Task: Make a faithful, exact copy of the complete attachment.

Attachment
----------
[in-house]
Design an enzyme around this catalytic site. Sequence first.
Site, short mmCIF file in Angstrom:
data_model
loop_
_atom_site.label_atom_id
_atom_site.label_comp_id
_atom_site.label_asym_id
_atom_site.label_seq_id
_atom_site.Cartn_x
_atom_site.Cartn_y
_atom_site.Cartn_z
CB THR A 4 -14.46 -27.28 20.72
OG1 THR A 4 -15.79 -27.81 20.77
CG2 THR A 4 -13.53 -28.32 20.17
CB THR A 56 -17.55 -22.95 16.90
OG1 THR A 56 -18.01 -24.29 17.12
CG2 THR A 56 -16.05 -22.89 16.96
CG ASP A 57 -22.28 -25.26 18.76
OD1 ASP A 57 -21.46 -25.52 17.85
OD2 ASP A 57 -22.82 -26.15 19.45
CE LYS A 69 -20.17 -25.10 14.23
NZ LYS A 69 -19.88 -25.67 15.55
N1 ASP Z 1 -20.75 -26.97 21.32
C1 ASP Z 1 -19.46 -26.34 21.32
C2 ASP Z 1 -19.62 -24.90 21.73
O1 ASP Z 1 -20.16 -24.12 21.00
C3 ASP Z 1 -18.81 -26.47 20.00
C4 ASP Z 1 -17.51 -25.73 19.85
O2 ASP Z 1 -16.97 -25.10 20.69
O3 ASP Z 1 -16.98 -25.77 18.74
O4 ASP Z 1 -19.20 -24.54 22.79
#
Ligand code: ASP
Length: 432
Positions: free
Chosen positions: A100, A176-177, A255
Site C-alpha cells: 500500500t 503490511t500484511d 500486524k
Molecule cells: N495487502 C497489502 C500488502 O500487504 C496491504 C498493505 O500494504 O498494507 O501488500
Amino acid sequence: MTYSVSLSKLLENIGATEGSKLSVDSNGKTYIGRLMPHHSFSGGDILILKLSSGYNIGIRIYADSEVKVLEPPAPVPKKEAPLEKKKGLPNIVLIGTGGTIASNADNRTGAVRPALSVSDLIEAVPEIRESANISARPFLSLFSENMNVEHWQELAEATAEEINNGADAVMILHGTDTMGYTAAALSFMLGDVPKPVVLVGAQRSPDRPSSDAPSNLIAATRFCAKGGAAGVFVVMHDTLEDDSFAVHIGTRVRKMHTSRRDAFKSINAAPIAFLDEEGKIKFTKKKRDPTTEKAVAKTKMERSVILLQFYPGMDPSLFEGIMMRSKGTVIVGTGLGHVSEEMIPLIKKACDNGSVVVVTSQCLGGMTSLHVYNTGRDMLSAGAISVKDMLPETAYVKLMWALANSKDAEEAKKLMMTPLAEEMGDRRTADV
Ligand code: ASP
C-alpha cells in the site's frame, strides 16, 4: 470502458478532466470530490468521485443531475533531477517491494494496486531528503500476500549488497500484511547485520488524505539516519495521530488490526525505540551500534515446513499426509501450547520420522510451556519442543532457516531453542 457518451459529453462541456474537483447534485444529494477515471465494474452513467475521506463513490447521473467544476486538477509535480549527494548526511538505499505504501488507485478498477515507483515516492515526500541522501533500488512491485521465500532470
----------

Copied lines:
[in-house]
Design an enzyme around this catalytic site. Sequence first.
Site, short mmCIF file in Angstrom:
data_model
loop_
_atom_site.label_atom_id
_atom_site.label_comp_id
_atom_site.label_asym_id
_atom_site.label_seq_id
_atom_site.Cartn_x
_atom_site.Cartn_y
_atom_site.Cartn_z
CB THR A 4 -14.46 -27.28 20.72
OG1 THR A 4 -15.79 -27.81 20.77
CG2 THR A 4 -13.53 -28.32 20.17
CB THR A 56 -17.55 -22.95 16.90
OG1 THR A 56 -18.01 -24.29 17.12
CG2 THR A 56 -16.05 -22.89 16.96
CG ASP A 57 -22.28 -25.26 18.76
OD1 ASP A 57 -21.46 -25.52 17.85
OD2 ASP A 57 -22.82 -26.15 19.45
CE LYS A 69 -20.17 -25.10 14.23
NZ LYS A 69 -19.88 -25.67 15.55
N1 ASP Z 1 -20.75 -26.97 21.32
C1 ASP Z 1 -19.46 -26.34 21.32
C2 ASP Z 1 -19.62 -24.90 21.73
O1 ASP Z 1 -20.16 -24.12 21.00
C3 ASP Z 1 -18.81 -26.47 20.00
C4 ASP Z 1 -17.51 -25.73 19.85
O2 ASP Z 1 -16.97 -25.10 20.69
O3 ASP Z 1 -16.98 -25.77 18.74
O4 ASP Z 1 -19.20 -24.54 22.79
#
Ligand code: ASP
Length: 432
Positions: free
Chosen positions: A100, A176-177, A255
Site C-alpha cells: 500500500t 503490511t500484511d 500486524k
Molecule cells: N495487502 C497489502 C500488502 O500487504 C496491504 C498493505 O500494504 O498494507 O501488500
Amino acid sequence: MTYSVSLSKLLENIGATEGSKLSVDSNGKTYIGRLMPHHSFSGGDILILKLSSGYNIGIRIYADSEVKVLEPPAPVPKKEAPLEKKKGLPNIVLIGTGGTIASNADNRTGAVRPALSVSDLIEAVPEIRESANISARPFLSLFSENMNVEHWQELAEATAEEINNGADAVMILHGTDTMGYTAAALSFMLGDVPKPVVLVGAQRSPDRPSSDAPSNLIAATRFCAKGGAAGVFVVMHDTLEDDSFAVHIGTRVRKMHTSRRDAFKSINAAPIAFLDEEGKIKFTKKKRDPTTEKAVAKTKMERSVILLQFYPGMDPSLFEGIMMRSKGTVIVGTGLGHVSEEMIPLIKKACDNGSVVVVTSQCLGGMTSLHVYNTGRDMLSAGAISVKDMLPETAYVKLMWALANSKDAEEAKKLMMTPLAEEMGDRRTADV
Ligand code: ASP
C-alpha cells in the site's frame, strides 16, 4: 470502458478532466470530490468521485443531475533531477517491494494496486531528503500476500549488497500484511547485520488524505539516519495521530488490526525505540551500534515446513499426509501450547520420522510451556519442543532457516531453542 457518451459529453462541456474537483447534485444529494477515471465494474452513467475521506463513490447521473467544476486538477509535480549527494548526511538505499505504501488507485478498477515507483515516492515526500541522501533500488512491485521465500532470